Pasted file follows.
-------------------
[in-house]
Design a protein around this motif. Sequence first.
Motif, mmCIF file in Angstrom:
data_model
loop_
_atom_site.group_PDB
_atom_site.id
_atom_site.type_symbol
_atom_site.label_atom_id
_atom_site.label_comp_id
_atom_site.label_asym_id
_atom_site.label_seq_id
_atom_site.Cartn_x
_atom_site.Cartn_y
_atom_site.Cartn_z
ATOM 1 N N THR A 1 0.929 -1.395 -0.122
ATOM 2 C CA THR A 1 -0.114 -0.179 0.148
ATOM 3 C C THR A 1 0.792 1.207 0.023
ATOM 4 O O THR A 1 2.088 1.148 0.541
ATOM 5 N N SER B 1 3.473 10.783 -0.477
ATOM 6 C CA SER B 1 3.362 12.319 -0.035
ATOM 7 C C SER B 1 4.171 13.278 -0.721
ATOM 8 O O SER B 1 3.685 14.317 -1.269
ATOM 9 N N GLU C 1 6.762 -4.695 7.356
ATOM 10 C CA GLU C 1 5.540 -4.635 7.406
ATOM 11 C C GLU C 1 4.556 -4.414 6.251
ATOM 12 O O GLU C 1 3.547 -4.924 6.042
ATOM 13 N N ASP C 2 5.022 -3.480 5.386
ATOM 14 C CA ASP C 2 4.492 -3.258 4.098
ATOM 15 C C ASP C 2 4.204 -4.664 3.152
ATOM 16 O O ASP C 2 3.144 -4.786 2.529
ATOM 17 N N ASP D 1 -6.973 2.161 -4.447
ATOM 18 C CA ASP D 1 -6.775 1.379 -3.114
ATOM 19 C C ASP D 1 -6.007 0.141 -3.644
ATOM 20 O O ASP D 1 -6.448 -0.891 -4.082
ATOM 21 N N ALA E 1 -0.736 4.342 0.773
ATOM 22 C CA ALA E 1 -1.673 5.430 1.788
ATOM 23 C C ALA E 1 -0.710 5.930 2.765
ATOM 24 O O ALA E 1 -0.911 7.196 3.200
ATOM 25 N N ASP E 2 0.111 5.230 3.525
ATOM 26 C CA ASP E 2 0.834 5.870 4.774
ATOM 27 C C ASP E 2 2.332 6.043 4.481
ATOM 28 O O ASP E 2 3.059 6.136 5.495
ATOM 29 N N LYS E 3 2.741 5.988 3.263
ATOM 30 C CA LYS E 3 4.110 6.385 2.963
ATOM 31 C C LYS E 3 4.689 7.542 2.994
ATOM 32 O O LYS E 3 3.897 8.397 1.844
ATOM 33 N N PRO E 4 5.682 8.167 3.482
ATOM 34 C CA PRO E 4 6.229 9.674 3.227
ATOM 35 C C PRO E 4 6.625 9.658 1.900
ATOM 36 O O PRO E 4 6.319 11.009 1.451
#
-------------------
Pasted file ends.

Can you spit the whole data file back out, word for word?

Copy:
[in-house]
Design a protein around this motif. Sequence first.
Motif, mmCIF file in Angstrom:
data_model
loop_
_atom_site.group_PDB
_atom_site.id
_atom_site.type_symbol
_atom_site.label_atom_id
_atom_site.label_comp_id
_atom_site.label_asym_id
_atom_site.label_seq_id
_atom_site.Cartn_x
_atom_site.Cartn_y
_atom_site.Cartn_z
ATOM 1 N N THR A 1 0.929 -1.395 -0.122
ATOM 2 C CA THR A 1 -0.114 -0.179 0.148
ATOM 3 C C THR A 1 0.792 1.207 0.023
ATOM 4 O O THR A 1 2.088 1.148 0.541
ATOM 5 N N SER B 1 3.473 10.783 -0.477
ATOM 6 C CA SER B 1 3.362 12.319 -0.035
ATOM 7 C C SER B 1 4.171 13.278 -0.721
ATOM 8 O O SER B 1 3.685 14.317 -1.269
ATOM 9 N N GLU C 1 6.762 -4.695 7.356
ATOM 10 C CA GLU C 1 5.540 -4.635 7.406
ATOM 11 C C GLU C 1 4.556 -4.414 6.251
ATOM 12 O O GLU C 1 3.547 -4.924 6.042
ATOM 13 N N ASP C 2 5.022 -3.480 5.386
ATOM 14 C CA ASP C 2 4.492 -3.258 4.098
ATOM 15 C C ASP C 2 4.204 -4.664 3.152
ATOM 16 O O ASP C 2 3.144 -4.786 2.529
ATOM 17 N N ASP D 1 -6.973 2.161 -4.447
ATOM 18 C CA ASP D 1 -6.775 1.379 -3.114
ATOM 19 C C ASP D 1 -6.007 0.141 -3.644
ATOM 20 O O ASP D 1 -6.448 -0.891 -4.082
ATOM 21 N N ALA E 1 -0.736 4.342 0.773
ATOM 22 C CA ALA E 1 -1.673 5.430 1.788
ATOM 23 C C ALA E 1 -0.710 5.930 2.765
ATOM 24 O O ALA E 1 -0.911 7.196 3.200
ATOM 25 N N ASP E 2 0.111 5.230 3.525
ATOM 26 C CA ASP E 2 0.834 5.870 4.774
ATOM 27 C C ASP E 2 2.332 6.043 4.481
ATOM 28 O O ASP E 2 3.059 6.136 5.495
ATOM 29 N N LYS E 3 2.741 5.988 3.263
ATOM 30 C CA LYS E 3 4.110 6.385 2.963
ATOM 31 C C LYS E 3 4.689 7.542 2.994
ATOM 32 O O LYS E 3 3.897 8.397 1.844
ATOM 33 N N PRO E 4 5.682 8.167 3.482
ATOM 34 C CA PRO E 4 6.229 9.674 3.227
ATOM 35 C C PRO E 4 6.625 9.658 1.900
ATOM 36 O O PRO E 4 6.319 11.009 1.451
#